What Makes Moonlight Special?

Romantic, mysterious, soothing, and radiant, moonlight has its own special qualities. We explore how we perceive the night under a bright Moon.

Moonlight mimics sunlight but only so far.

The full Moon shines brilliantly in early December giving mood to the night.
Bob King

A moonlit stroll is starkly different from a walk in the sunshine. Moonlight's dark, spooky quality contrasts with the clarity of sunlight. And while it may not grow hair on your face, we can't help but notice the blacker shadows, blurred details, and lack of color in the landscape on a moonlit night.

We peer into the gloom straining to see what's there, but lacking the usual visual cues, we're liable to fill in the darkness with our imagination. Is that Bigfoot up ahead or the neighbor's garbage can?

For these reasons, it's often used in scary movies where exaggerated contrasts under studio moonlight create an unfamiliar landscape where anything can happen, including romance.

Two kinds of vision receptors line the retina

Two different types of light-sensing cells line the retina at the rear of the human eye — cones, responsible for color vision, and rods, which are sensitive to low light but color and detail-blind.
Wikipedia

For many of us, both moonless and moon-full nights simply aren't bright enough to stimulate the retina's cone cells responsible for detail and color vision. At low light levels, a different group of light-sensing cells called rods go to work.

Rod cells are seriously sensitive, able to detect a single photon of light, but they lack the ability to see color and detail. On a moonless night away from city lights, the nightscape is painted in shades of gray, charcoal black, and bony whites.

Things aren't so simple when the Moon is out, something you can see for yourself this week as the gibbous Moon waxes to full by Sunday night.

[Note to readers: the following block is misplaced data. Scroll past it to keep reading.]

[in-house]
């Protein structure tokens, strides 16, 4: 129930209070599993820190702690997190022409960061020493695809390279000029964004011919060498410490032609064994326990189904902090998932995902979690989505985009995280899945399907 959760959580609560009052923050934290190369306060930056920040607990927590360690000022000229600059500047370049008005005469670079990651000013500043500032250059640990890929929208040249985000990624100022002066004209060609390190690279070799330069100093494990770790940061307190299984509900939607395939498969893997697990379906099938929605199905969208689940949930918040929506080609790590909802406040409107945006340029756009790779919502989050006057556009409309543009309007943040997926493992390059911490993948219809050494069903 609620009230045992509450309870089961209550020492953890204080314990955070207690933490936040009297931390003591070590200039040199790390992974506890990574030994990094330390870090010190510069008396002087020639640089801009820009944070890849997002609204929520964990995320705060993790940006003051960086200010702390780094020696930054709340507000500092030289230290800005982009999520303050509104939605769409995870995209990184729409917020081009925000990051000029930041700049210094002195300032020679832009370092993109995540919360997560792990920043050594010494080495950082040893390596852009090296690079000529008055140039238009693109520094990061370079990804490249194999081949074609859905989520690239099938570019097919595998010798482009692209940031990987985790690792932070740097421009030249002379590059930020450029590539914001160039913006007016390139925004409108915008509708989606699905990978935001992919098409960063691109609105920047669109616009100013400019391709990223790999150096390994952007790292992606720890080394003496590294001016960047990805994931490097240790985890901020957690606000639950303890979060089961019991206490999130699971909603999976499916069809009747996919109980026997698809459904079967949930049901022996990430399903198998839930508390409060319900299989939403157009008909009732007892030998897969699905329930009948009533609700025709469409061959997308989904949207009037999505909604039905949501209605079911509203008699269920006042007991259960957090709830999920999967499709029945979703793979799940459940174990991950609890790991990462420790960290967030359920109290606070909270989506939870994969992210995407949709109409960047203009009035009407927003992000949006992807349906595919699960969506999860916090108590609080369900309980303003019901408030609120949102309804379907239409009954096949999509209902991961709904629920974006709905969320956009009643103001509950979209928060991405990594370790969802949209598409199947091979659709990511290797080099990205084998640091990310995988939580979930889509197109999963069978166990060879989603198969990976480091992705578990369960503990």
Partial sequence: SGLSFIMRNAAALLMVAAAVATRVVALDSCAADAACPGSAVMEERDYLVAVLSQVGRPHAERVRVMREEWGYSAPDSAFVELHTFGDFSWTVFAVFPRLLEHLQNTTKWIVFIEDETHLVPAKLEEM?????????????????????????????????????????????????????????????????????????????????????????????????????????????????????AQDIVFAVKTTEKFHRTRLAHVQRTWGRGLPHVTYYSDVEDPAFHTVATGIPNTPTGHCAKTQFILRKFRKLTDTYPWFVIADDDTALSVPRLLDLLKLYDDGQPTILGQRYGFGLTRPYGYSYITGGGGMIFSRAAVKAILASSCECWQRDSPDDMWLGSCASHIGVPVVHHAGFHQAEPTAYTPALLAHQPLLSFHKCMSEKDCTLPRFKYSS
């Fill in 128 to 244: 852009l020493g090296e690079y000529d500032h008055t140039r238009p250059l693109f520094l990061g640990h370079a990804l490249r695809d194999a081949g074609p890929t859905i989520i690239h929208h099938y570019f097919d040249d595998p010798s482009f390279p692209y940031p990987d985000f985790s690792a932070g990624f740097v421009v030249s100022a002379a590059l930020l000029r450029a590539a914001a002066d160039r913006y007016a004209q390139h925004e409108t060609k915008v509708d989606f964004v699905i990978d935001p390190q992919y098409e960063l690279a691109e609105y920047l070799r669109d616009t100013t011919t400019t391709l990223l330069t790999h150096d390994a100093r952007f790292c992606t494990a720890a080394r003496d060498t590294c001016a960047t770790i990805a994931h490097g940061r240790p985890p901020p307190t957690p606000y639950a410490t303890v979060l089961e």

Moonlight is essentially sunlight reflected from the Moon's surface. Makes sense. Because that surface is asphalt-black, it returns only 11% of the light lavished upon it by our star. Light striking the Moon's ubiquitous pulverized dust is actually somewhat redder than sunlight, but we don't see this with our eyes because it's offset by all the other colors contained in moonlight. A high-riding Moon gleams with silvery-white radiance.

A painting titled "The Sheepfold" by Jean-Francois Millet captures the subtle coloration and deep shadows of moonlight.

A painting titled "The Sheepfold, Moonlight" by Jean-François Millet captures the subtle coloration and deep shadows of moonlight. Many paintings and movies filmed "at night" are tinted blue to simulate how the human eye perceives moonlight.
Walters Art Museum

But what about the landscape below? As we touched on earlier, a casual glance outdoors on a bright moonlit night reveals a world of grays. Color doesn't jump to mind, except for maybe blue. Blue? You've probably noticed a favorite trick used by painters and movie directors alike to simulate moonlight. Add blue! With movies, it's done by taping in the daytime with a filter over the lens.

Photo taken during December's Full Moon and toned slightly to match my visual impression. Ground detail and shadows are about right, but the deep blue sky appeared gray to my eyes. Bob King

Photo taken during December's full Moon and toned slightly to match my visual impression. Ground detail and shadows are about right, but the deep blue sky appeared gray to my eyes.
Bob King

Rods may be colorblind, but they're most sensitive to blue-green light. Could this be the reason behind moonlight blues? In their paper titled Modeling Blue Shift in Moonlit Scenes by Rod Cone Interaction, Saad M. Khan and Sumanta N. Pattanaik (University of Central Florida) hypothesize that rod signals "bleed" into adjacent blue cones to create the illusion of blue under a moonlit sky.*